GTX 1660 Vs. RX 580

Let's have a look at these two low-end cards to see if we can find a use for them in this day and age

WePC 1660 ti VS RX 580
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There’s no doubt that Nvidia has been dominating the market for top-of-the-range GPUs consistently for quite some time, although AMD’s Radeon RX series has certainly secured them a foothold on the ladder.

When it comes to the midrange market of graphics cards, typically you’d find that there’s more of an even playing field, but Nvidia came to claw back the small stake AMD had claimed for themselves with the release of their GTX 1660-series.

Within a year of the RX 480’s release, AMD followed up with the RX 580, a new and improved version of this former favorite budget GPU. They upgraded the cooling system and you can expect to see 10% faster clock speeds as they attempt to regain some of the market audience that swayed more towards Nvidia’s GTX 1060, sitting at around the same price.

The GTX 1660 came after the GTX 1660 Ti, and where the RX 580 was designed to be an improvement on its former chip, the GTX 1660 was released as an affordable, slightly slower version of the 1660 Ti to appeal to the midrange market.

With one graphics card upping its game and the other dropping a few cores and some speed, which of these two GPUs wins in the battle to be the best of the middle ground?


The RX 580 features second generation Polaris architecture which, despite what its name suggests, isn’t actually all that different from the 400-series architecture. The 14nm Polaris 10 chip was somewhat of a disappointment to those expecting otherwise and is the same as the earlier RX 570 and RX 470.

It features the same number of 2304 Stream Processor cores with 144 texture mapping units and 32 render outputs. You might be surprised to see more cores here than in the GTX 1660, but that’s because it benefits from Nvidia’s Turing NVENC TU116 architecture, meaning each core performs up to 50% more effectively.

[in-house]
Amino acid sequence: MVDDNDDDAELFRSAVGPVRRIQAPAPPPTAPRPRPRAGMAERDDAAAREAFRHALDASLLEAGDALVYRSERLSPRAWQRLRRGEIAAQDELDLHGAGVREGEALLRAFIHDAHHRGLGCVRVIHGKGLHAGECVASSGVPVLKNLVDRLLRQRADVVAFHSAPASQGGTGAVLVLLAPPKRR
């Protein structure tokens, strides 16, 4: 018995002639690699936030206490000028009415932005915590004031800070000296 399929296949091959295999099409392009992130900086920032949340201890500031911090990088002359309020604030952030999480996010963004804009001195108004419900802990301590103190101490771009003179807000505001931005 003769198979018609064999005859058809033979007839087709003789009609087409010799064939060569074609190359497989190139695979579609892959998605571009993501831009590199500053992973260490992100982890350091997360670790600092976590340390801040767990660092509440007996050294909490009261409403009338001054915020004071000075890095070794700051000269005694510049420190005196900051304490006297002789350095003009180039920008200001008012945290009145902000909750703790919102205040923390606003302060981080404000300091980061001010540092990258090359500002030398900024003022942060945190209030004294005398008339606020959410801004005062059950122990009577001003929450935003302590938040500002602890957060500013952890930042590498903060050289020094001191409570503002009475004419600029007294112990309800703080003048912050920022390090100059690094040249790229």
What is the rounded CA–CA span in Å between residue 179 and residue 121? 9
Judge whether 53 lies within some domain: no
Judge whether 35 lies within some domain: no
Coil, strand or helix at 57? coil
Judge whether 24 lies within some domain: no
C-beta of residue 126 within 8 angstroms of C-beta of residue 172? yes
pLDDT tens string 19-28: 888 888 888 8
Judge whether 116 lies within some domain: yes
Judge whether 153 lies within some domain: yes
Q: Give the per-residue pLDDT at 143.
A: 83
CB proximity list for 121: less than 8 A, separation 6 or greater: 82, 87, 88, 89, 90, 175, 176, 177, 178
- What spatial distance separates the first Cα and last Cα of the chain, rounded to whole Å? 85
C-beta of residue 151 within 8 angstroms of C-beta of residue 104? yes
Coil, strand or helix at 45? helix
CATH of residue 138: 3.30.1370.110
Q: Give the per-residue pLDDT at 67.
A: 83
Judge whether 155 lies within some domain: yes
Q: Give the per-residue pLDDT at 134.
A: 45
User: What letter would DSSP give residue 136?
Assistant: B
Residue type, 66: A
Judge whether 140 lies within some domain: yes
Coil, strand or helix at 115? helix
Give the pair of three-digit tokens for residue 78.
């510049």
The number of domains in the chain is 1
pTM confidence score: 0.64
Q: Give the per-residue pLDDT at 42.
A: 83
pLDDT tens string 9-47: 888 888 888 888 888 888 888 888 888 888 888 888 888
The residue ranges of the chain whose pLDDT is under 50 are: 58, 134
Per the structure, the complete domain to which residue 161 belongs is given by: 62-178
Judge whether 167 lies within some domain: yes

There are 1408 CUDA cores, which is less than the 1536 cores found in the GTX 1660 Ti and results in a 20% reduction in speed in comparison, but it still performs well and has a lower price point by around the same percentage.

The GTX 1660 also boasts faster clock speeds, both base and boosted, with 1530MHz and 1785MHz respectively. The Nvidia Turing architecture allows for a bigger difference between the base clock and overclocked compared to the gap between the RX 580’s 1257MHz base clock and the 1340MHz boosted clock.


The GTX 1660 has a maximum temperature of 95 degrees celsius, although it shouldn’t really reach anywhere near this limit. It runs at a steady 120-watt TDP which helps to regulate the temperature for an impressively smooth performance.

The RX 580 is an absolute sizzler by comparison. It consumes significantly more power than even the Radeon RX 480, for example, especially when under a particularly demanding load. It has a whopping power draw of 185 watts which is far more than the 120-watt TDP of the GTX 1660, consequently reaching high temperatures.

It runs much hotter than the GTX 1660, especially when overclocked, so it’s worth looking around for a decent cooling system to invest in to keep your graphics card from overheating.


There’s a reasonable difference in die size between the RX 580, which has a die area of 232mm-squared with 5700 million transistors and 2304 shading units, and the GTX 1660, with its larger die area of 284mm-squared and 6600 million transistors.